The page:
Sending funds from your Circle Account to external blockchain wallets is one of the most basic primitives of the APIs. This quickstart walks through sending USDC `
USD` externally, the same steps would be taken when sending EUROC `
# 1. Get an API key
Circle's APIs use [API keys](🔗) as the mechanism to authenticate client requests. The API key must be set in the `
Authorization` header of the request sent from your backend server. The format of the header is `
To obtain an API key for the sandbox environment, simply create an account and generate a new key in settings - it only takes a few seconds.
Once you have generated your API key, record it in a secure place.
# 2. Fund Your Account
If you haven't already, make sure you [fund your account for testing](🔗).
# 3. Send Funds
To send account funds externally, you will need a blockchain address to send to (`
The [sandbox environment](🔗) is connected to the [Ethereum Goerli testing network](🔗), so the destination blockchain address has to be a valid Goerli address.
USDC is connected to testing networks on other blockchains as well. This guide focuses on Ethereum but works similarly for other blockchains. For information on other testing networks see [Test USDC](🔗)
For the purpose of this guide, we can simply transfer funds to the deposit address of the [USDC faucet service on Goerli](🔗). That address is `
You can transfer any amount you want, provided your account has sufficient balance to cover the transfer.
To send funds externally, you will use the [create account transfer endpoint](🔗).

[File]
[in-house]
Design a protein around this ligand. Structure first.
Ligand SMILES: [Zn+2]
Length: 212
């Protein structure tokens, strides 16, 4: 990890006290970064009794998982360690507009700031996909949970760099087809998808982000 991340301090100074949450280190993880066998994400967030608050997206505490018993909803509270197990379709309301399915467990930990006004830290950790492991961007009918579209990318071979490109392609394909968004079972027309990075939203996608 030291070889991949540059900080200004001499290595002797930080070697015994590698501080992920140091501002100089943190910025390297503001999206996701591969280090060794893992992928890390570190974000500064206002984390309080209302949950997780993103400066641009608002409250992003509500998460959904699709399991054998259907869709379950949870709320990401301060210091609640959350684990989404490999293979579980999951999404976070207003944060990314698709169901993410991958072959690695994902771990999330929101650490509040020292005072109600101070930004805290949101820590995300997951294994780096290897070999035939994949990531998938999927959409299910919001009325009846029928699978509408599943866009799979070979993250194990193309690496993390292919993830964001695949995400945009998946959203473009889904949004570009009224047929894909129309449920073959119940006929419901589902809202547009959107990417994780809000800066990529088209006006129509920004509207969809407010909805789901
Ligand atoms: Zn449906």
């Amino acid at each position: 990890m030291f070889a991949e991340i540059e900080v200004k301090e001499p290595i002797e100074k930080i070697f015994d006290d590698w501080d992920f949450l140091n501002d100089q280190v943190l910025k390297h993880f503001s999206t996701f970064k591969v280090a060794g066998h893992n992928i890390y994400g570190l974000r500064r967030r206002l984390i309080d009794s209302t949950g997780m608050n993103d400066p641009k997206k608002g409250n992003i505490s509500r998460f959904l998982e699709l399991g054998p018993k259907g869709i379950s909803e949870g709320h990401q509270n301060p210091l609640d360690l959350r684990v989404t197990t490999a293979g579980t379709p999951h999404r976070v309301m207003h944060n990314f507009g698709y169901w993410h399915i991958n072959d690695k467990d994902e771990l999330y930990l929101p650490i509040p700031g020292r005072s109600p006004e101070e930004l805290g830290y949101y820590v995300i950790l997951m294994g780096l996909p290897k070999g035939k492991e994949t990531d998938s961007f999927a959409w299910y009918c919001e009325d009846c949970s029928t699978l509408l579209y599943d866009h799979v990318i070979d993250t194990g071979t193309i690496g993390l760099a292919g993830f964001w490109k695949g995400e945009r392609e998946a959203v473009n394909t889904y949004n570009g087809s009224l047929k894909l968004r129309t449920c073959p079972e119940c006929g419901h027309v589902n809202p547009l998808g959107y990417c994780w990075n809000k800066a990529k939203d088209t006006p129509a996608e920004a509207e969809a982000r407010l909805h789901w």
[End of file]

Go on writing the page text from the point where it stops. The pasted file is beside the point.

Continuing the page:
Since Circle's APIs are [designed for multiple future chains and currencies](🔗), you have to specify the `
currency` and `
chain` you want to utilize. You can create a transfer by using the command below.
You should receive a response like the below.
# 4. Check the Status of the Transfer
You can use the [get transfer endpoint](🔗) to retrieve details about the status of the transaction. You can use it as in the command below.
You will receive a response like below.
The very first state transition for a transfer sets the `
status` to `
created` and the `
transactionHash` to `
null` - at that point Circle has just started processing the on-chain send. A few seconds later, Circle will broadcast the transfer and so its `
status` changes to `
running` while also displaying the `
transactionHash` that can be used to track such transfer on chain (you can look it up on [Etherscan's tracker on Goerli](🔗)).
At this point you can consider the transaction complete because it has been successfully broadcasted to the network. Circle's systems will continue to track the transfer for 30 confirmations and its `
status` will at that point change to `
complete`. Except for a few specialized applications you do not have to worry about waiting for the `
complete` state - that's important when receiving external transfers. You can [read more about block confirmations here](🔗).
🎉 Congratulations! You have successfully sent cryptocurrency using Circle's APIs.
# 5. Ready for the next step?
If you are in advanced stages of experimenting with our APIs and want to plan moving to production, please start by [applying for a Circle Account](🔗) and subsequently [reach out to sales](🔗). We'll be happy to walk you through to the next steps.
We can't wait to see what you are going to build!